• CODMW2 Beast

    NO there is a big random information bar in the middle of the article and takes away vital information

  • Jerry Odell

    I have 4 ” signed” copies of Frederic Remington’s paintings ,size about 18″ x 12″., copywrited 1906 by Collier & Sons. I am courious as to their value. Any info would be greatly appreciated.

  • Richard Sutor, Ph.D.

    I was fortunate enough to see this program when it originally aired. This was during the days of the VCR and I taped the program which I still have in my collection. I would really like to own a DVD copy of it as this is one of the finest biographical programs ever produced about this artist. Several of the major movie studios are now offering to create DVDs on demand (i.e. Warner Bros. Archival Series) so collectors will be able to purchase titles that might not warrant a typical DVD release. Please consider providing this kind of distribution of your programs. My wife and I frequently pledge to public television especially when there are DVD premiums included. We would be just as willing to purchase American Masters DVDs if the full catalog was made available.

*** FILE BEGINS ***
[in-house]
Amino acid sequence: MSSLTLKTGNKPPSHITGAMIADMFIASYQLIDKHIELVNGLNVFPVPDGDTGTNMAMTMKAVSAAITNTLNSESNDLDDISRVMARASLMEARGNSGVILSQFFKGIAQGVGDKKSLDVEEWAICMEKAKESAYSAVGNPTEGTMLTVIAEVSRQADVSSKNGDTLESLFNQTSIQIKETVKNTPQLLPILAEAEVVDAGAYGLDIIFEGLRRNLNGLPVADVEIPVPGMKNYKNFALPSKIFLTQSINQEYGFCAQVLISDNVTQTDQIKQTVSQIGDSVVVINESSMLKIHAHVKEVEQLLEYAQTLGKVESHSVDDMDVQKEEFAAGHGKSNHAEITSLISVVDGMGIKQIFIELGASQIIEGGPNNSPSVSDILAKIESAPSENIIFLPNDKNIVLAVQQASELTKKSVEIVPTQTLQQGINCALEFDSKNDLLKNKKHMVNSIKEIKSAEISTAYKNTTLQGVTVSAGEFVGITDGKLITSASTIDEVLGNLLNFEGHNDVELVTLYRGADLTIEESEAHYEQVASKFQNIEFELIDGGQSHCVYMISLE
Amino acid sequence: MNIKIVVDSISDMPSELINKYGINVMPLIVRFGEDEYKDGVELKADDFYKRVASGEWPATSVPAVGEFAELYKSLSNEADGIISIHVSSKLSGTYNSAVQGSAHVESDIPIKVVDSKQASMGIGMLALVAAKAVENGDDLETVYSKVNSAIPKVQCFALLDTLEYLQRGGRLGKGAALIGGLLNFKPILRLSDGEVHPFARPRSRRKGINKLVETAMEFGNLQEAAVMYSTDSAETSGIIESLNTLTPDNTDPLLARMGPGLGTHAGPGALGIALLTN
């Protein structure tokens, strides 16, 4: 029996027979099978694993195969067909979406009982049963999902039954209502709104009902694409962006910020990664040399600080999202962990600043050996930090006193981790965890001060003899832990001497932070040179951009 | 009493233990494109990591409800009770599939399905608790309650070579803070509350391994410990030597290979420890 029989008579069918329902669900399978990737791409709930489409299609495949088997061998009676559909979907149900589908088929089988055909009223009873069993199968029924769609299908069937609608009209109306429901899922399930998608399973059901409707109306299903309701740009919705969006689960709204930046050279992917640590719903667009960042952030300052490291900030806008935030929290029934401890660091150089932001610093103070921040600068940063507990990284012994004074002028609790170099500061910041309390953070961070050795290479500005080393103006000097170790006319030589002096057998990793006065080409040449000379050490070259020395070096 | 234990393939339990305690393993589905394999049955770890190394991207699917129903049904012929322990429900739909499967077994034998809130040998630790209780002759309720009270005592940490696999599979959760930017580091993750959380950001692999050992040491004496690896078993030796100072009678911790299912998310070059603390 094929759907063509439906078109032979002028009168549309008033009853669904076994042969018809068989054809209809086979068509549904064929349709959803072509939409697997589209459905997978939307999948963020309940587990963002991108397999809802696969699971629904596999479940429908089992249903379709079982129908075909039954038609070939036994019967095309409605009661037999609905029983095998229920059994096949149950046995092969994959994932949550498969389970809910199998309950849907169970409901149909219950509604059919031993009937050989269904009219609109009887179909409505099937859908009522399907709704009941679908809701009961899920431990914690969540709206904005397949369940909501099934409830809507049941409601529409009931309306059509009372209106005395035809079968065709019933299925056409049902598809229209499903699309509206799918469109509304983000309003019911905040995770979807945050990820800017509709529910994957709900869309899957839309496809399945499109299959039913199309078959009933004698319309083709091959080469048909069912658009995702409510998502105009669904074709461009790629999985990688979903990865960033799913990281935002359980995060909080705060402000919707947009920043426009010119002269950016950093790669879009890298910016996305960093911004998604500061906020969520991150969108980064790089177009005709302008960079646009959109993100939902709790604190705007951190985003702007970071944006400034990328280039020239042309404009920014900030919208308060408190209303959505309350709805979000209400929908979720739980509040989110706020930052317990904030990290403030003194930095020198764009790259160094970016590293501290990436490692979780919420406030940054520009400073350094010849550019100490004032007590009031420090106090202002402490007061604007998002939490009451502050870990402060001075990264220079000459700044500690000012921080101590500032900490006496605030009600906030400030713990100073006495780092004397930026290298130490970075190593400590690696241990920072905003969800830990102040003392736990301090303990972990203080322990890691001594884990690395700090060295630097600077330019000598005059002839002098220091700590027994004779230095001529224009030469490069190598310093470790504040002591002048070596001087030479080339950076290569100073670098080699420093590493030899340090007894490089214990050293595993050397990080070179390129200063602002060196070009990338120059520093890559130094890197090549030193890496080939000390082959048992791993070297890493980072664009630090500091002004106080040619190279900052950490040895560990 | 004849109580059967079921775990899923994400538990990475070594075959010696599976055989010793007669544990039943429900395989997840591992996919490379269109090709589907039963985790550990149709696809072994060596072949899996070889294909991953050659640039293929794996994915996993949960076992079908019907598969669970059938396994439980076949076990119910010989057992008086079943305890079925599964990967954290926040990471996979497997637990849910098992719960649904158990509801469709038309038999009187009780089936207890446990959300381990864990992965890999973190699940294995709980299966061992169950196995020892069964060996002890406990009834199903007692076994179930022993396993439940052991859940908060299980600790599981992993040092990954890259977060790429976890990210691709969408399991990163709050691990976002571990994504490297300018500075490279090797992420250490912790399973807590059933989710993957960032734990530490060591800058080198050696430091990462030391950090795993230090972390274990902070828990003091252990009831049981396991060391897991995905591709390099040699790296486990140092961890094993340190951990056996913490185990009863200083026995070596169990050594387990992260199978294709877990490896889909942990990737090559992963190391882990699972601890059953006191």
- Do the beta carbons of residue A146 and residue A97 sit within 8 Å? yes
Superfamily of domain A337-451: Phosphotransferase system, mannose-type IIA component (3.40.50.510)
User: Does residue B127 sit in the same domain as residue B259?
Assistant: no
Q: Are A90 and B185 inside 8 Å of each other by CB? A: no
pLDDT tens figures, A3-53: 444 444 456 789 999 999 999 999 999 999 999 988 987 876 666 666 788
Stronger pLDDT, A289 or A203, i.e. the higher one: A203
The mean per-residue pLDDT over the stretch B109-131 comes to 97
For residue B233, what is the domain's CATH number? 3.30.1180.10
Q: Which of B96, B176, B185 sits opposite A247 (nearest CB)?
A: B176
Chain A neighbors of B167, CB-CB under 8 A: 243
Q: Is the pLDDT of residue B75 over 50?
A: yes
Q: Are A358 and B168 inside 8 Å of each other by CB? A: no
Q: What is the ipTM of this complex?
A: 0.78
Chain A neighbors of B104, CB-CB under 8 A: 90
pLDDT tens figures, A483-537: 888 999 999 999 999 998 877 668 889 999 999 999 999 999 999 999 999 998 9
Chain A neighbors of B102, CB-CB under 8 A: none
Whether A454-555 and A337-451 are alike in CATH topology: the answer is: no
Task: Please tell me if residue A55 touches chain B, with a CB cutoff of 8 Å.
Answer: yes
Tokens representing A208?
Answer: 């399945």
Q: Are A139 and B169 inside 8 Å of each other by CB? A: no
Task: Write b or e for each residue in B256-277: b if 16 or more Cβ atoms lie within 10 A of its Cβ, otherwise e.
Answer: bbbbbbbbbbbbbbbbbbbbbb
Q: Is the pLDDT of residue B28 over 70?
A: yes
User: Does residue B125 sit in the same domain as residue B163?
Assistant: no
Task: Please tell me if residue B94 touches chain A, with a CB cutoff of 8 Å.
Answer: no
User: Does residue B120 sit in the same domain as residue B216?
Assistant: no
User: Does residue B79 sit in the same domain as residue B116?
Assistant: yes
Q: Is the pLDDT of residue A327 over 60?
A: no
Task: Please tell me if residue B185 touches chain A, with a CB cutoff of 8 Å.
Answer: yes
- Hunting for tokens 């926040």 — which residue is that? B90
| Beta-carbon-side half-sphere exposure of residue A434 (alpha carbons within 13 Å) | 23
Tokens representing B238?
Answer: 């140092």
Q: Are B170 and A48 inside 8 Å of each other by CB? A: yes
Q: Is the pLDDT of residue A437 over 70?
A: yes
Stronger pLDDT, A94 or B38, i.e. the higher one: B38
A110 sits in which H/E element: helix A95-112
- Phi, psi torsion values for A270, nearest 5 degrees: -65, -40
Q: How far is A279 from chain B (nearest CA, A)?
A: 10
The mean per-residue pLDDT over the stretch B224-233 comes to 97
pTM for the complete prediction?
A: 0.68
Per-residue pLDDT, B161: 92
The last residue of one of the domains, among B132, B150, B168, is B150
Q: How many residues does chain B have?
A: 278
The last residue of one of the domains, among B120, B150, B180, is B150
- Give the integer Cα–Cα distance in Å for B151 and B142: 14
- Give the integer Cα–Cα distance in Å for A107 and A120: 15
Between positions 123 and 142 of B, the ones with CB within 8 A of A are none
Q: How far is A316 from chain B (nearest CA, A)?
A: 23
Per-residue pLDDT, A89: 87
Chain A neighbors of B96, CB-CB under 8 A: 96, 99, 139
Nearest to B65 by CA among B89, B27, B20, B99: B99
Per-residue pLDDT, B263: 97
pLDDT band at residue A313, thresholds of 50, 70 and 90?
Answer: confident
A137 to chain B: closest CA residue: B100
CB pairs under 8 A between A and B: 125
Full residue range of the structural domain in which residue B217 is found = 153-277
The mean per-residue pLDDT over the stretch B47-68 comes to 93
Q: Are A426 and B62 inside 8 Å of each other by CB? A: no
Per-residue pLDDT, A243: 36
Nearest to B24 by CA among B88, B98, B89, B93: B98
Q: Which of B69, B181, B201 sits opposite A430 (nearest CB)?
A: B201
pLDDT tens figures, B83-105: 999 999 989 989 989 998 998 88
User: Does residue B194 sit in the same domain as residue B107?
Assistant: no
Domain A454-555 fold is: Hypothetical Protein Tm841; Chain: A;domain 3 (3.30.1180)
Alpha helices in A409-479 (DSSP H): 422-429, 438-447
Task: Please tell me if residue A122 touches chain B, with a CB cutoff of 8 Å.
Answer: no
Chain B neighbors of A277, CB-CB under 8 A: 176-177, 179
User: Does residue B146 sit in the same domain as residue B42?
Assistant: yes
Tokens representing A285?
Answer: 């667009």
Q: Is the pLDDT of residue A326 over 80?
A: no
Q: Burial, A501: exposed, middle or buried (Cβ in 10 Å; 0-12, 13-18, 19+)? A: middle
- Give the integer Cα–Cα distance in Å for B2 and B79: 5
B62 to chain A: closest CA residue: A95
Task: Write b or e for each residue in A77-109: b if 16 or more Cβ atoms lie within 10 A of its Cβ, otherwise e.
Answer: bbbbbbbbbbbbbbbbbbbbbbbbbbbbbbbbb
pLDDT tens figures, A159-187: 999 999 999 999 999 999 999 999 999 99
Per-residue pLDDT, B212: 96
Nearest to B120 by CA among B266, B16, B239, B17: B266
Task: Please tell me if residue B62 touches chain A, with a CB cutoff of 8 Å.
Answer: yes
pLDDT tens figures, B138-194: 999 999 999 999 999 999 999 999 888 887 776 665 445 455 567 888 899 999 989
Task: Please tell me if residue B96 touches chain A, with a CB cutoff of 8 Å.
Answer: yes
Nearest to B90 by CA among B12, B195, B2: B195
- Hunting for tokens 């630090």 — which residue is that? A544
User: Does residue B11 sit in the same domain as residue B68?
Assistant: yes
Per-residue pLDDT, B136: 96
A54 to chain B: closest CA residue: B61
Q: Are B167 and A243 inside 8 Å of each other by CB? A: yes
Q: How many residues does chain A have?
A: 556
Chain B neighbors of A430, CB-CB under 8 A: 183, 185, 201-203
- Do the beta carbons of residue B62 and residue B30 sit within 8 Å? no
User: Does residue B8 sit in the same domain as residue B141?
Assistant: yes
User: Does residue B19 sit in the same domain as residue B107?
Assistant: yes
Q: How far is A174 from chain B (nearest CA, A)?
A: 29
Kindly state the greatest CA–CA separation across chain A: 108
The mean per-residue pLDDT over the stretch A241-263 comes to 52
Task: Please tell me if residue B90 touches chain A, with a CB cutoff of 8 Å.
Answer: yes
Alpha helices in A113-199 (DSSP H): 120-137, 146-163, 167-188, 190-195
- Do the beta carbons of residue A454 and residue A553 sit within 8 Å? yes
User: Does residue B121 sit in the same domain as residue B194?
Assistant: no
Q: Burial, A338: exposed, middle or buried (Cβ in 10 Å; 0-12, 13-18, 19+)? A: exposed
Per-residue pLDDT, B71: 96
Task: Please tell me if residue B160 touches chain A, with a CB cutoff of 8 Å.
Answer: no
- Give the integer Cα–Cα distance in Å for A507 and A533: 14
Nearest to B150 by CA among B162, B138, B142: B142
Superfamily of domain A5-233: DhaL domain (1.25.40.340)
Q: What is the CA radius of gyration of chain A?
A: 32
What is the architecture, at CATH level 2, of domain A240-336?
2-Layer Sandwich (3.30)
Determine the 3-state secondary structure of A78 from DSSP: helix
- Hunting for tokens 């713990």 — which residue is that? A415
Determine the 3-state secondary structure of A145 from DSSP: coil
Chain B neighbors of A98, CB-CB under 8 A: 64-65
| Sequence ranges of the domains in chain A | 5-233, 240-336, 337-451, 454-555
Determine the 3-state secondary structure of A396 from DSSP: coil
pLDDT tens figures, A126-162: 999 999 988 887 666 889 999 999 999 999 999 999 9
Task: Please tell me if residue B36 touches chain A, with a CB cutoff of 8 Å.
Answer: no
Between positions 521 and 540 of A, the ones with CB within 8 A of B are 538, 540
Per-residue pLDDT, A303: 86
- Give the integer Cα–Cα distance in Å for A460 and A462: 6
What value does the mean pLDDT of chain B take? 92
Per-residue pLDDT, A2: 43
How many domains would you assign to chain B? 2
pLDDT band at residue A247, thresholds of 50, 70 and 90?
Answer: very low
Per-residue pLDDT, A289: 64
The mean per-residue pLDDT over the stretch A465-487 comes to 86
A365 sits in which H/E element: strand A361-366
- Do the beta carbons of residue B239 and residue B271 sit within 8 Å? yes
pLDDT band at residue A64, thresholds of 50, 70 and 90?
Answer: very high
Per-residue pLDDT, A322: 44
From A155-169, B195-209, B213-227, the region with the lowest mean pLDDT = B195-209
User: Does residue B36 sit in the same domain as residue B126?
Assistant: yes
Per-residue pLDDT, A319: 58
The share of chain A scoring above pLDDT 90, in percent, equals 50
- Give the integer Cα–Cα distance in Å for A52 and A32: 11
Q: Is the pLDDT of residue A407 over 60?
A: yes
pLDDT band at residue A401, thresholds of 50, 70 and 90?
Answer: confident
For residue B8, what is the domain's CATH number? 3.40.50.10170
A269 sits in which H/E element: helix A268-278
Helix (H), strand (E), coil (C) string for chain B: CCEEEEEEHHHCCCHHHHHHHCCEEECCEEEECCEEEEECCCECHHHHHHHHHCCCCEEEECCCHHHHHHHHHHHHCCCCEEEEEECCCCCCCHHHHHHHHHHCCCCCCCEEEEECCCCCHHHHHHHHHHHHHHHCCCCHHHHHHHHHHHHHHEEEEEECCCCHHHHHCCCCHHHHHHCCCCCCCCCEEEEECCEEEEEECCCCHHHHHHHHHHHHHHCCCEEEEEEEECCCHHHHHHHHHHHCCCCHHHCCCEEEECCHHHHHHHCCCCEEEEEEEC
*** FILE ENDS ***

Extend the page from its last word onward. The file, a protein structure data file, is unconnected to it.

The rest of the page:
• Jan Wright

    I have a picture , coby right 1906…..soldiers and indians………what is the value? Frederic Remington

  • Lisa Stockstill

    I have a painting, I am hoping it is an original of Frederick Remingtons “Smoke Signal”. It was handed down to me from my mother. She received it from her long time boss with Lomas and Nettleton. Her boss purchased it for his office. He was the CEO of Lomas and Nettleton.